Building a Herb Garden Raised Bed
Using a raised bed to grow your herb garden will make the tending and harvesting activities much easier. There are many, many variations of the basic design that is detailed in this article. This is a very simple design and you can extend or shorten the length of the sides used in this design as you see fit. I would not adjust the width of the design. It is purposely designed to be 39-1/2”for a very important reason. The width allows you to work from both sides with a reach of just 18”, which is very convenient when you are working on planting, cultivating, weeding and harvesting your herbs.
You will construct the two side units and the two end units first.
- Cut the TOP rail (2), the DECK rail (2) and the BOTTOM rail (2) for the SIDE units to a length of 92-1/2”. That is a total of 6 needed at this length.
- ü You will need 4 lengths of 2×4 cut to 24” in length. For the SIDE rails. And Cut the TOP rail (2), the DECK rail (2) and the BOTTOM rail (2) for the END units to a length of 32-1/2”. That is a total of 6 needed at this length.
- If you are using exterior or marine grade plywood to form the outside of the four units cut (2) to 24” x 96” for the side units and (2) to 24” x 96” for the end units.
- Refer to the EXPLODED VIEW for detail on the layout of the items needed to construct the sides and ends of the unit.
The dotted lines indicate where each rail is attached. Use 1-5/8” galvanized deck screws to attach each rail. I used Exterior grade Gorilla glue in addition to the deck screws for each of the rails. The DECK rail is attached with the top edge 9” from the bottom of the plywood side panel as show below. All the other rails line up with the outer edge of the plywood panel. That will create a 15” deep compartment for you soil, which should be deep enough for most herb plant needs. The following illustration shows the final layout of each of the rails.
The next step is to construct the raised bed using the (2) SIDE units and the (2) END units. Assemble the units as shown on the ¾ View using 3” or 3-1/2” galvanized deck screws. I used the exterior grade Gorilla glue along the edges for added strength.
Assemble the unit with the END panels inside the SIDE panels as illustrated in the ¾ VIEW that follows. It is recommended to assemble the unit on a level area such as a driveway or in your backyard. It will make final placement of your unit much easier in the long run. The ¾ view has the last side panel removed so you can see the partial assembly of the unit.
Once you have assembled the 2 SIDE units and the 2 END units into a box you will need to finish construction of the deck bottom as shown below.
Cut (2) 2×4 cleats 39-1/2” in length to keep the bottom of the unit from bowing out when you add the soil to the unit. Attach the two cleats as shown approximately 32” from each END unit. Use 3-1/2 galvanized deck screws to attach the cleats to the BOTTOM rails on each side.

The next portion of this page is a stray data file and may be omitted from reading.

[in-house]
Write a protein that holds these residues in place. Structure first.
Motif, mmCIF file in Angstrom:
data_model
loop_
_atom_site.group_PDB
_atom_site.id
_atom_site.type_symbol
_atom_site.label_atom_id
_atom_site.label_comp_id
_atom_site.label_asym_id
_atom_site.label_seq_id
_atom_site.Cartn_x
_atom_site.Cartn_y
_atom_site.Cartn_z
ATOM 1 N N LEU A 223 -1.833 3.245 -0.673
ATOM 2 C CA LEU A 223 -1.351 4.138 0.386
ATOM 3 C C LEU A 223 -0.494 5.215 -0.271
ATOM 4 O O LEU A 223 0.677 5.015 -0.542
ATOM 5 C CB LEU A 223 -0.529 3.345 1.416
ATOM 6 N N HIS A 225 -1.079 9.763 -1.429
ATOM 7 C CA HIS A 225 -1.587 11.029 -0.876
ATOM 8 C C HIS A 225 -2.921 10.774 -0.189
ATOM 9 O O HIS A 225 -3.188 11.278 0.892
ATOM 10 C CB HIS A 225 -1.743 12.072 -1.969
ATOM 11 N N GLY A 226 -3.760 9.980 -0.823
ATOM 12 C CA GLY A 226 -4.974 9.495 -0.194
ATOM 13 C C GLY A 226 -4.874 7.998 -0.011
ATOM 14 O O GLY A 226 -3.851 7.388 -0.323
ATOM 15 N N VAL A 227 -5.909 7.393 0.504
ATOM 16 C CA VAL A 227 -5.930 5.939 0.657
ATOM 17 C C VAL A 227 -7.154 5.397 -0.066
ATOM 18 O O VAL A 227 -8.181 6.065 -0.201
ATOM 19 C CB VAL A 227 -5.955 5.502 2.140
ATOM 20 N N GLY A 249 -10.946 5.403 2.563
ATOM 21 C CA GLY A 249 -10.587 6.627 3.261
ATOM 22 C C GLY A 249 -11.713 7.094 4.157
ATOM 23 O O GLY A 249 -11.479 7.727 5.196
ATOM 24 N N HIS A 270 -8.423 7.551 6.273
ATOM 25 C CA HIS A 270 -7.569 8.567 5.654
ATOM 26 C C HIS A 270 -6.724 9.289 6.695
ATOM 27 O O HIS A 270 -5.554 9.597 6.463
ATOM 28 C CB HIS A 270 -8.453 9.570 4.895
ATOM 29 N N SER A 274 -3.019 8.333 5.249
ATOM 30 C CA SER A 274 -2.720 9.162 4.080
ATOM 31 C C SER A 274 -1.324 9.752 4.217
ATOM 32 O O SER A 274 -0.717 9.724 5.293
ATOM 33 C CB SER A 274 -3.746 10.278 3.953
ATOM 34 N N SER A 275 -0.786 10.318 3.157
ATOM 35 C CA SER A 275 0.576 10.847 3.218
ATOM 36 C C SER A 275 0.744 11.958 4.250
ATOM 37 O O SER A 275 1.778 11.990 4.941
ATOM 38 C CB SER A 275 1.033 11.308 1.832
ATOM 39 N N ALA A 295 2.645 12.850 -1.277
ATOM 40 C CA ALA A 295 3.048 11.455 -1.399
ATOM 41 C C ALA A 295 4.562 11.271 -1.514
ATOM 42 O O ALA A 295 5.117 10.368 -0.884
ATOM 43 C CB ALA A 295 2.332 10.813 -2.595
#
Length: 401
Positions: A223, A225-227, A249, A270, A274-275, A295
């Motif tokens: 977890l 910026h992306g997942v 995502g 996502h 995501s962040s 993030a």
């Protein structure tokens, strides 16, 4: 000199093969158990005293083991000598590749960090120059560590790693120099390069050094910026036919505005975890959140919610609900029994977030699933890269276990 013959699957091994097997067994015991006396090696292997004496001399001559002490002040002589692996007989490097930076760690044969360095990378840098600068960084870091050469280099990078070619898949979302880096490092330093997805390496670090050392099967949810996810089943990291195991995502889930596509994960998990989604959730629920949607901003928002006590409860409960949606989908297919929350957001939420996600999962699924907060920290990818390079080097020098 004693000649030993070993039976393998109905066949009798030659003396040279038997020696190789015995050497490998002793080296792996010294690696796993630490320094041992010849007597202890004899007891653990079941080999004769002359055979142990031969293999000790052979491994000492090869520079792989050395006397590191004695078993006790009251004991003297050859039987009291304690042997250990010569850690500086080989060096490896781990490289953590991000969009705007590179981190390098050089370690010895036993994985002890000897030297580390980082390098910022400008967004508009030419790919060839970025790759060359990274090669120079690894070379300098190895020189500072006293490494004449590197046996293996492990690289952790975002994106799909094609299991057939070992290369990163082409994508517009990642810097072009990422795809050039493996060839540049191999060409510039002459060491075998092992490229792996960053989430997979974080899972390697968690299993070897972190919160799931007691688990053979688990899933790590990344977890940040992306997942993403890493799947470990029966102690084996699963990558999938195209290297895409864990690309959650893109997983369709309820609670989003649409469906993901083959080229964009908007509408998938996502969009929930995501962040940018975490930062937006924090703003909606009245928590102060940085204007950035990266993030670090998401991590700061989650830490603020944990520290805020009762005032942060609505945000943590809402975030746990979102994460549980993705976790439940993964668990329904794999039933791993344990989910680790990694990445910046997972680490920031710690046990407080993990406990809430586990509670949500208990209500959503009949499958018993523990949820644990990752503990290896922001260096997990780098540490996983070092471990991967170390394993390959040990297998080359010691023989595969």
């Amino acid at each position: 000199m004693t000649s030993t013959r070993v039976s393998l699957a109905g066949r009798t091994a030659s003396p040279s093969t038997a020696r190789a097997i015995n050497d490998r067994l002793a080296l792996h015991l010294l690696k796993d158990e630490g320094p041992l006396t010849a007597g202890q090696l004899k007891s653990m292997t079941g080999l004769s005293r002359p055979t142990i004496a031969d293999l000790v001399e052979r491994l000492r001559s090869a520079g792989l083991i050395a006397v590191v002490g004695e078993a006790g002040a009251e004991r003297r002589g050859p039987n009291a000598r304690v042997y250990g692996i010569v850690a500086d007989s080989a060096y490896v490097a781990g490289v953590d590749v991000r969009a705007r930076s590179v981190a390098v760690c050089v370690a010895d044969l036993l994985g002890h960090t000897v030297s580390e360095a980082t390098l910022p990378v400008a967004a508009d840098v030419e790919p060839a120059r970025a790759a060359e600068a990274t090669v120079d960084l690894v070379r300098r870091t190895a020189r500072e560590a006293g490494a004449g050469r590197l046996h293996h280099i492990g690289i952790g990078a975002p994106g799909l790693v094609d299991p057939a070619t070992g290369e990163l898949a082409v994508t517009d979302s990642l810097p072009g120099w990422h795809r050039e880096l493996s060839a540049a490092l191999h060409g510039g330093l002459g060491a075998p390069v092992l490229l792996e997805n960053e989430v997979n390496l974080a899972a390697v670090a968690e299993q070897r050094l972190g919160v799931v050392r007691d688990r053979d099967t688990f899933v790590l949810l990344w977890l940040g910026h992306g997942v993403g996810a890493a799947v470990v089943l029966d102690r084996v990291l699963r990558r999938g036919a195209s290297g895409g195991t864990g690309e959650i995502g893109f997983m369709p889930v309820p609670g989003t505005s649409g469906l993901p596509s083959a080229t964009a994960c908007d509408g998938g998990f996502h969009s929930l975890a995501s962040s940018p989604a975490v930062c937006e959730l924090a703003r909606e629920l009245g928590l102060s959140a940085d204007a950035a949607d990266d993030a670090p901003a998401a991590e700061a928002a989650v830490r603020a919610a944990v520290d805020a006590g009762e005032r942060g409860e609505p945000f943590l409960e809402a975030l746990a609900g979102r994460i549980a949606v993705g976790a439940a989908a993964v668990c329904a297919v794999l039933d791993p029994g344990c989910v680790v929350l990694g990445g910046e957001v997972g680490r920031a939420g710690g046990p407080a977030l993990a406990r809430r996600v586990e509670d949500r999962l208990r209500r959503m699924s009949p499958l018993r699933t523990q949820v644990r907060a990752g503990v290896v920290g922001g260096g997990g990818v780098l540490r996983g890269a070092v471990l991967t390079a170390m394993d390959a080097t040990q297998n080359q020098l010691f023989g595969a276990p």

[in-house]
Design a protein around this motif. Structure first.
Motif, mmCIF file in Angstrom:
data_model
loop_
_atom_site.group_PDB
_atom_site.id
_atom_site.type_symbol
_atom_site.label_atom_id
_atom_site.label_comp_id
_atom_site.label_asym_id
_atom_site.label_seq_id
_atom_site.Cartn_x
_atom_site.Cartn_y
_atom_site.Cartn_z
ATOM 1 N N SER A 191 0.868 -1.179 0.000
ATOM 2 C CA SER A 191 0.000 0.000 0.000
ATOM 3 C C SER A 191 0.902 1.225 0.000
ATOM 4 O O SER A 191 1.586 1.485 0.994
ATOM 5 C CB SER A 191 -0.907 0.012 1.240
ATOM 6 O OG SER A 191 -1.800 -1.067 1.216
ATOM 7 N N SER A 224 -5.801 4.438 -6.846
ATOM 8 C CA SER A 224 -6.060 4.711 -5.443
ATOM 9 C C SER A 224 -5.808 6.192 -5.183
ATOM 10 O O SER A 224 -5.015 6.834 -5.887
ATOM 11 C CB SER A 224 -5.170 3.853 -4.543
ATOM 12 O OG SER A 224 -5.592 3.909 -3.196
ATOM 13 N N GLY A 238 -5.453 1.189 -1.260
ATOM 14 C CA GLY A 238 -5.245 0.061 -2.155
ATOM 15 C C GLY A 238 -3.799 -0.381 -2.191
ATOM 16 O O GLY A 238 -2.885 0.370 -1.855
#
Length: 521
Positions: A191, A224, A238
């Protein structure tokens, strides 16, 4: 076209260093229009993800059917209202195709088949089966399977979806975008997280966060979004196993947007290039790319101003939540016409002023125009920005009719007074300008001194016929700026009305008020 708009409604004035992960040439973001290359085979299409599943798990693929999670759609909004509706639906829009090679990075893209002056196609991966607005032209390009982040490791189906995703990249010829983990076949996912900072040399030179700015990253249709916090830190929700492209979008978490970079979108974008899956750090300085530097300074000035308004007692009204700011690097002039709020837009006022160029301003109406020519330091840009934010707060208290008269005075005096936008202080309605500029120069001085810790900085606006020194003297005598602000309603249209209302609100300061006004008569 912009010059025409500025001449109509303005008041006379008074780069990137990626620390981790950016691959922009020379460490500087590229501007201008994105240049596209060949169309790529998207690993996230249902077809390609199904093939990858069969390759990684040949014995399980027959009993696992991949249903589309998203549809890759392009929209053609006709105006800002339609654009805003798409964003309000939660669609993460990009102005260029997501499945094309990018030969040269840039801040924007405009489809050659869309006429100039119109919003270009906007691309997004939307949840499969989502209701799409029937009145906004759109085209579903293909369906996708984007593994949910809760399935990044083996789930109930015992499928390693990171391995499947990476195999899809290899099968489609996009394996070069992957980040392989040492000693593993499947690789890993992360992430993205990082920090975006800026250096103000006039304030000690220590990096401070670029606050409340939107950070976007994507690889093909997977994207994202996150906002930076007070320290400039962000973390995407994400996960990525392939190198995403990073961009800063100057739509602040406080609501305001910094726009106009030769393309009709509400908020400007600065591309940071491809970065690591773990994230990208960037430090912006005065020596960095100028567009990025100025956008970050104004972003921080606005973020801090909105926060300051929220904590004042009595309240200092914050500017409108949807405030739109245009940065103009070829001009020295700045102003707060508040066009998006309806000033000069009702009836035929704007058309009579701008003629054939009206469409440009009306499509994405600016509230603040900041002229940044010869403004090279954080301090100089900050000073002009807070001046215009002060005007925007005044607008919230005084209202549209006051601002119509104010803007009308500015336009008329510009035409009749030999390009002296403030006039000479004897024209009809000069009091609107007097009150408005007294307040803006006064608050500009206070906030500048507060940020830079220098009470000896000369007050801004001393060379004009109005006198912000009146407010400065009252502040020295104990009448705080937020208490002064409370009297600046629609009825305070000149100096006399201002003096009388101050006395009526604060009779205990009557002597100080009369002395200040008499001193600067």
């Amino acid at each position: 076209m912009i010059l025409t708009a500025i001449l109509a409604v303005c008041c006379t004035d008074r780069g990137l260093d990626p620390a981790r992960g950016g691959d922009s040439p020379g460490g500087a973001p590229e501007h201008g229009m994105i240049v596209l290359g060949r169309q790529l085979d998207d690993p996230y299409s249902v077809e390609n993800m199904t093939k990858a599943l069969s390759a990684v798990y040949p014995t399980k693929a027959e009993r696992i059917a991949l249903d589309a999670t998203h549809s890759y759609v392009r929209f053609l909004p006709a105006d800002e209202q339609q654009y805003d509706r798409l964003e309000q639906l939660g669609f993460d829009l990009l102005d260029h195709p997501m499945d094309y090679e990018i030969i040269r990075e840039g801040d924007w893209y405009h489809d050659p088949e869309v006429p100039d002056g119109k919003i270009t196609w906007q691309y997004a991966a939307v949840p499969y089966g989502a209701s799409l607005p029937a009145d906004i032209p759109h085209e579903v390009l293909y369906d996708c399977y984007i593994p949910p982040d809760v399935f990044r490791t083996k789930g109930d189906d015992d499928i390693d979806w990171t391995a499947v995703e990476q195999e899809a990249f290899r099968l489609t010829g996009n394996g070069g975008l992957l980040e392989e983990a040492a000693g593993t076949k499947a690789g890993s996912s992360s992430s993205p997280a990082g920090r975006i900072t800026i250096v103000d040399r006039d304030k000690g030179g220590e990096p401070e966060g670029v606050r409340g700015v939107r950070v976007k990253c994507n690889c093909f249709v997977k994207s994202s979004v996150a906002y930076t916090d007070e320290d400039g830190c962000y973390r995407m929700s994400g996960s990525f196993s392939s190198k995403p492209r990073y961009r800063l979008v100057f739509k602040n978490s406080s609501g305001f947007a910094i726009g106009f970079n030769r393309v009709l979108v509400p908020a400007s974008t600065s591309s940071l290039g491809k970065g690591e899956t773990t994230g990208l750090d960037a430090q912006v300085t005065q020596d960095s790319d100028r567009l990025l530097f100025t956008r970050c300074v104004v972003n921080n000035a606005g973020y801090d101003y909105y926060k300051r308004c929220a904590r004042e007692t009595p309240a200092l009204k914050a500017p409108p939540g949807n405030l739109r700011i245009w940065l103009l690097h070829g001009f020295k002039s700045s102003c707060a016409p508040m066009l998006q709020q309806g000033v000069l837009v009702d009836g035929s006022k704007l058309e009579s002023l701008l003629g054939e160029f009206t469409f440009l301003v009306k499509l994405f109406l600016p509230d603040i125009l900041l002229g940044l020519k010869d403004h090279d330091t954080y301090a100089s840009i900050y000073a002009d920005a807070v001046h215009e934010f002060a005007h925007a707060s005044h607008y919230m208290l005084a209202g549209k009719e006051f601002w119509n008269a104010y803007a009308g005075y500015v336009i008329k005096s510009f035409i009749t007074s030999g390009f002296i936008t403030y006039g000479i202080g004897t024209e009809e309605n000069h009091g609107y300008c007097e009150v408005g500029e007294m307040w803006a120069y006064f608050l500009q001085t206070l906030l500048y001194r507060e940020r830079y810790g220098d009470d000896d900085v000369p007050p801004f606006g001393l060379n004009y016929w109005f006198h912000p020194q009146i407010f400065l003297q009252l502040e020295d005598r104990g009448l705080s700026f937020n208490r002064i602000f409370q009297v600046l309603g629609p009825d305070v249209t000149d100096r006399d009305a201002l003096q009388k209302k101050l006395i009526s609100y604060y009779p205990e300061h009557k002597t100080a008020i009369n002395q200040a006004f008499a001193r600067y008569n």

Cut pressure treated deck material to 39-1/2” and attach to the DECK Rails with appropriate sized galvanized deck screws, as shown in the illustration below.
Notch the two end deck planks as shown to fit into the corner of the unit. Attach to the DECK rail on the SIDE & END units as shown below using appropriate length galvanized deck screws.
Once the deck planks are assembled you are ready to place the unit in its final location. It is best to install it in a level area of you backyard. I would recommend
that you drill several ¼” holes in the deck planks to facilitate drainage. I drilled them in the very center of unit about every 6”.
At this point you can add trim to the unit if you want to dress it off. I used 1”x6” pressure treated lumber to create a top ledge around the unit. That gave me a larger top edge to place pots or garden utensils on when I was working on my plants.
Once you have accomplished this task it is time to fill the unit with planting soil. I used a mixture of prepared topsoil I bought from a local garden center with Miracle Grow planting mixture. I used a ratio of two parts topsoil to 1 part Miracle Grow and it gave me an ideal consistency.
After filling the unit about ½ full I installed a drip hose around the perimeter of the unit. That hose is attached to a time that waters the herbs regularly to insure proper water distribution. I drilled a hole in the END unit just below the TOP rail to feed the hose outside the unit. I found that this system eliminate having to guess when to water and this is much easier to create a good root soaking rather than using a hand held hose which is not as efficient.
Now you are ready to add your herbs to the raised bed and begin your delicious journey raising fresh herbs for use in your culinary efforts.
This is a very basic raised bed for your Herb Garden. You can adjust the dimensions to suit your planting needs.
In the MEMBERS ONLY area there are plans for a U-shaped planting bed that I use in my garden area. For information on how to access them go the navigation menu bar above this article and click on MEMBERS LOGIN.
If you want to construct several of these units you can arrange them into a U shape or T shape. In the MEMBERS ONLY AREA of www.herbinfosite.com you will find a detailed PDF similar to this one for a custom U-shaped unit that I have in my backyard. That unit is similar to the following picture
This unit is commercially available at some custom garden centers or SAMS Club. My unit is similar but I made several adjustments to the size and layout that result in a much more productive herb garden. If you construct it from scratch you can save considerable “bucks”
My plans are for the “weekend warrior” category of builder. You don’t have to be an expert carpenter to build my unit. Just follow the instructions and you will be ready to raise a bumper crop of fresh herbs.